When is an ancillary estate required in probate court?

When a decedent owned real property in another county of South Carolina or another state other than the state in which probate proceedings have been initiated, it will usually be necessary to institute separate probate proceedings to arrange for the administration of the property in both counties and/or states. The proceedings in the primary state, usually where the decedent was domiciled will be the more important proceedings and deal with all the personal property and debts of the estate. The secondary proceedings are referred to as “ancillary” probate proceedings, and will usually be limited in several important ways:
• The personal representative appointed in the domiciliary state will be automatically entitled to appointment as ancillary personal representative subject, however, to the state’s residency requirements for personal representatives.
• No will contests or other challenges to the authority or effect of the domiciliary state proceedings will be permitted in the ancillary administration.
• No formal accounting requirements will be imposed on the ancillary proceedings, on the theory that the accounting will be completed in the domiciliary state.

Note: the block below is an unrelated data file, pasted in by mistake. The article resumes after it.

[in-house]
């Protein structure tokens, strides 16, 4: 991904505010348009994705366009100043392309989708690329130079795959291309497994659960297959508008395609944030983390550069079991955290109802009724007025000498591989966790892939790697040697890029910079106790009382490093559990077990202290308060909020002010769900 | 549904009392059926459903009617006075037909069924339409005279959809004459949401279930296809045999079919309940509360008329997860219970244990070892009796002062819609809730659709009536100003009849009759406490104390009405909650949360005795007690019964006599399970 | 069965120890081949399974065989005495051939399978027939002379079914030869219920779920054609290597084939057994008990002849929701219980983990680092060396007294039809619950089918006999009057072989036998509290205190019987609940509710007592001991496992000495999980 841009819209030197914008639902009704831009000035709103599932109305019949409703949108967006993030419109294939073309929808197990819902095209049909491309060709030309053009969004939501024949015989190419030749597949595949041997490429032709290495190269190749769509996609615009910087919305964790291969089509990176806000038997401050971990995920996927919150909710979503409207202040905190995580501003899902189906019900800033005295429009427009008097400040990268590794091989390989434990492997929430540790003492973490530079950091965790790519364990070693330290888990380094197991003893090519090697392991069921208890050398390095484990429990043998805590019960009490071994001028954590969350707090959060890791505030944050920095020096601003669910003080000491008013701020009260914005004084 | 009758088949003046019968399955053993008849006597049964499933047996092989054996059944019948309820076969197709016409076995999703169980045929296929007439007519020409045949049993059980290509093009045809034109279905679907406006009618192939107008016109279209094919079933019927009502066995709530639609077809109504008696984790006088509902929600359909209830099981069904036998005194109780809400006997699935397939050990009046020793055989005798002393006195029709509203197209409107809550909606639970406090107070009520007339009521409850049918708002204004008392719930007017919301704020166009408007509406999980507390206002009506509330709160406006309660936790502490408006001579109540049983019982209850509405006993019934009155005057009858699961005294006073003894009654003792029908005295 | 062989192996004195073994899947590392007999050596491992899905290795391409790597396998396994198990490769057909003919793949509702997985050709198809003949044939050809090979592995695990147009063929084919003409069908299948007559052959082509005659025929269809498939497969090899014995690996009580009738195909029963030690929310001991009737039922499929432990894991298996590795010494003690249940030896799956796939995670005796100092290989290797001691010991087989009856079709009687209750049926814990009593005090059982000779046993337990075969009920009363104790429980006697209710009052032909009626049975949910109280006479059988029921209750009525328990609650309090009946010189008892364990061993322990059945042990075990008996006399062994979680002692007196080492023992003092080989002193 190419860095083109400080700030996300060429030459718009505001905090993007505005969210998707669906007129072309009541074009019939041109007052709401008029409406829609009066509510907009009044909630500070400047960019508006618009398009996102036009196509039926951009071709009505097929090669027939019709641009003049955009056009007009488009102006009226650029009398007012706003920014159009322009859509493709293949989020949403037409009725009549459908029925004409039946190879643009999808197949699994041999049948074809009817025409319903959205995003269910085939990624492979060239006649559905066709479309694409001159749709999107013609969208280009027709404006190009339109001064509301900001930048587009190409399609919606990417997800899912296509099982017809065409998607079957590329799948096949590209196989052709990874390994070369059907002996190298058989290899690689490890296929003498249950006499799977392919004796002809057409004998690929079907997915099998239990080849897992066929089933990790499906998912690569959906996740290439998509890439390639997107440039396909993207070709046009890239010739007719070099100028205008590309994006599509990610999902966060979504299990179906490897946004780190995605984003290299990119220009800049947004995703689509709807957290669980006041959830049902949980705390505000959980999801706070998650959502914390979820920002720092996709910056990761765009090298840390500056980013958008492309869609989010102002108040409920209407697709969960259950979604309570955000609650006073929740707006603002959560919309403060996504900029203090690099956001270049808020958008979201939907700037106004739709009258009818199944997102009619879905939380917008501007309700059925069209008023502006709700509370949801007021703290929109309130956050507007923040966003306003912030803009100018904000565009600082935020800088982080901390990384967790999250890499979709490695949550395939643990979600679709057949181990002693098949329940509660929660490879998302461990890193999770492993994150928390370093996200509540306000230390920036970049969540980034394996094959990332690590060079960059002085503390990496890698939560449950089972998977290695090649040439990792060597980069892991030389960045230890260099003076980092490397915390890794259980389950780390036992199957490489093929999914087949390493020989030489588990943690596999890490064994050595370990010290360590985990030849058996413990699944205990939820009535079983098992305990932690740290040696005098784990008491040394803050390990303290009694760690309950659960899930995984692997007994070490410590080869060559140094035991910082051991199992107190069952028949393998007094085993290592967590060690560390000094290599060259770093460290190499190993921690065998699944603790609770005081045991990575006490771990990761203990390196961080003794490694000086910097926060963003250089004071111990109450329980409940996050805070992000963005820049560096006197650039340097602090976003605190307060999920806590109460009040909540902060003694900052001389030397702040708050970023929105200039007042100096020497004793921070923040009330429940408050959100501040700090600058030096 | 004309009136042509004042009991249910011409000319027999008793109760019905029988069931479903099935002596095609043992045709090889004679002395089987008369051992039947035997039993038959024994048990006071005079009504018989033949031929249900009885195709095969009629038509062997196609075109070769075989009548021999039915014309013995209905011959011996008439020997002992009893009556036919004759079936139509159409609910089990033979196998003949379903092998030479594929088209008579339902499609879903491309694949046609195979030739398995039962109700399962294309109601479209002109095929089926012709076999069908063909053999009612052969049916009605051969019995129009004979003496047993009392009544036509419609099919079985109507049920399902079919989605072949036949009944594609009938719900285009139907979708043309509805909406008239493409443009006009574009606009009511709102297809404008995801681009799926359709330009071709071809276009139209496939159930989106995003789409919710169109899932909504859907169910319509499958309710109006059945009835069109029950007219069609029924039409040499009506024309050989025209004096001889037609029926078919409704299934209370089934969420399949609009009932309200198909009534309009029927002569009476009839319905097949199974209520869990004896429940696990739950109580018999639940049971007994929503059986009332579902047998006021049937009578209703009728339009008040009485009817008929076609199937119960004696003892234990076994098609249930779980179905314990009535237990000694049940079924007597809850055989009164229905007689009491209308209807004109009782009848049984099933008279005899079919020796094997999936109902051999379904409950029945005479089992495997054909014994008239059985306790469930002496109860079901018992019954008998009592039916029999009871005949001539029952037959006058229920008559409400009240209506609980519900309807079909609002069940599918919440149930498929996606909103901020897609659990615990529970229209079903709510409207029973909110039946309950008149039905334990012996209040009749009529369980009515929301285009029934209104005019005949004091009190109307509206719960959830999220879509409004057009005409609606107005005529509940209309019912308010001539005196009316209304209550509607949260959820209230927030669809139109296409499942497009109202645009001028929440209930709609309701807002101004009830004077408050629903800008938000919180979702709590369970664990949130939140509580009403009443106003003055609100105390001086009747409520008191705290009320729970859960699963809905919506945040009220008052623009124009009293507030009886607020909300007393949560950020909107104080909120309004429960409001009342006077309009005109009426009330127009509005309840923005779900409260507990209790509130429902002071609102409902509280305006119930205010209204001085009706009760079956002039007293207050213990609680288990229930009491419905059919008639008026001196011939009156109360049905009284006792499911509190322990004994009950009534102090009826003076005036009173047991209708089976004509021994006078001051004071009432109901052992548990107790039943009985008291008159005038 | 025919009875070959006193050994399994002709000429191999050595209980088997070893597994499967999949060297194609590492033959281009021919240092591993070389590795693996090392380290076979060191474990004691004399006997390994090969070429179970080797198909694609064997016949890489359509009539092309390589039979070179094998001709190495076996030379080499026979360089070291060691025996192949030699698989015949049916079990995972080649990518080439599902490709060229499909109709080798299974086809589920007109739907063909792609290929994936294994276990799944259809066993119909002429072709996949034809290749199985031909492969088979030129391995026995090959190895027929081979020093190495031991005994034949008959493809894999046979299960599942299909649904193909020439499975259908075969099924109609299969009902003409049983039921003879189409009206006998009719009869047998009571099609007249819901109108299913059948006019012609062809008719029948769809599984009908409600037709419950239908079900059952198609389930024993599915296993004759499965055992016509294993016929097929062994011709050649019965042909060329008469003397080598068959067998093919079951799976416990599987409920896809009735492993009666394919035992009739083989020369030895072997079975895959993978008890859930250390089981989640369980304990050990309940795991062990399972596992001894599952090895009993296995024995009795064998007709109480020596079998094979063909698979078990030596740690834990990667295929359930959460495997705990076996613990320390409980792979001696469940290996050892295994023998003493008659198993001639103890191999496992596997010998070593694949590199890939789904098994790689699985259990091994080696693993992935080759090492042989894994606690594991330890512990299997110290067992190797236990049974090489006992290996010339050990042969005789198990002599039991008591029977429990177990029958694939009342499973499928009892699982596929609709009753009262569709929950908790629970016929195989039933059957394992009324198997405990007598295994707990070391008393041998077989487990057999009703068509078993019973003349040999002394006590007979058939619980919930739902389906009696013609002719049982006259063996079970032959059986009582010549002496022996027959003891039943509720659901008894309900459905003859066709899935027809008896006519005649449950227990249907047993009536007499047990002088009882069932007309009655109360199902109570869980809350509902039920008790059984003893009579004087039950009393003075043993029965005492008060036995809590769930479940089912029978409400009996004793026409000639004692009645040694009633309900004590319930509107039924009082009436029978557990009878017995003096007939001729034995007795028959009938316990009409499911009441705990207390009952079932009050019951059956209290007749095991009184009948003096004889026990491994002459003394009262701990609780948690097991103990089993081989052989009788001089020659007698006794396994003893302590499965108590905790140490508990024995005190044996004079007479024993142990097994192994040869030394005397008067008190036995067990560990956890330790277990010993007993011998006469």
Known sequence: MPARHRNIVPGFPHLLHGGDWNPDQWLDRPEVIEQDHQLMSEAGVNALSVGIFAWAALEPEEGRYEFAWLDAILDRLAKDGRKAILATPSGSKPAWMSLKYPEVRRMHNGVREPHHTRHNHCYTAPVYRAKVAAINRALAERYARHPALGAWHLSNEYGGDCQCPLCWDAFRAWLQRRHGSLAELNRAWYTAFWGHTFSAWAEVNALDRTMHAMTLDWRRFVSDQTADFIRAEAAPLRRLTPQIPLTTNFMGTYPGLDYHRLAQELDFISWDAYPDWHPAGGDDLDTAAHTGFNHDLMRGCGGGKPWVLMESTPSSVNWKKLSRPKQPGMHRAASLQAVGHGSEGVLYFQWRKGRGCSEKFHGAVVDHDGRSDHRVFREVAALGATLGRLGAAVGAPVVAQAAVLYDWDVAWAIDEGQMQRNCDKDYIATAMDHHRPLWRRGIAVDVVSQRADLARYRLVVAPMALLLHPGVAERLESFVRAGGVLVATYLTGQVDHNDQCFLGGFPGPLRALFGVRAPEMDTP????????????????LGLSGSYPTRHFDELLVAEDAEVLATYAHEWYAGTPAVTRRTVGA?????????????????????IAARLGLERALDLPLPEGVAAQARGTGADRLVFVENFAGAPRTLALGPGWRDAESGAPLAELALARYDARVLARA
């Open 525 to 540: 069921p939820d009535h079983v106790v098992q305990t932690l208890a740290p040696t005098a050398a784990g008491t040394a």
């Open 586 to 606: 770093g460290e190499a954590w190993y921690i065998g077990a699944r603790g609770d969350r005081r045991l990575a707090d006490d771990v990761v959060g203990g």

Ancillary estate administration allows for effective title searches of real property in the counties or states where homes, land, vacation homes, time share interests, farms, and inherited real property is located. A lawyer in another state or county may be required to assist with the ancillary probate.

Generally, there is a modest fee to open the ancillary estate and certified copies of all documents filed in the primary estate are provided to the ancillary court. A file or case number is given for the ancillary estate. Deeds of distribution will be filed in the county or state where real property is located. Certified copies are then filed where the primary estate is being administered.

For example if the deceased lived in Aiken County and had a vacation condo in Hilton Head that he or she also rented, then the primary estate administration would be opened in Aiken County to deal with his or her house here, bank accounts, stocks, and outstanding medical bills. The ancillary estate would be opened in Beaufort County. The same personal representative could collect rent on the condo and report any expenses in connection with the condo like insurance, repairs, and painting prior to placing the condo on the market to the Aiken Probate Court. When the condo is sold, likely under approval from the Beaufort County Probate Court, any Summons, Petition, Lis Pendens, proof of service and consent documents, the resulting HUD statement and deed to the buyer is recorded there. Certified copies of the pleadings and the order granting the sale, HUD statement and deed are recorded with the Aiken County Probate Court.

DISCLAIMER The information given in this article is of a general nature and does not create an attorney-client relationship. You should always consult with an attorney regarding the specific facts of your situation. December 2020

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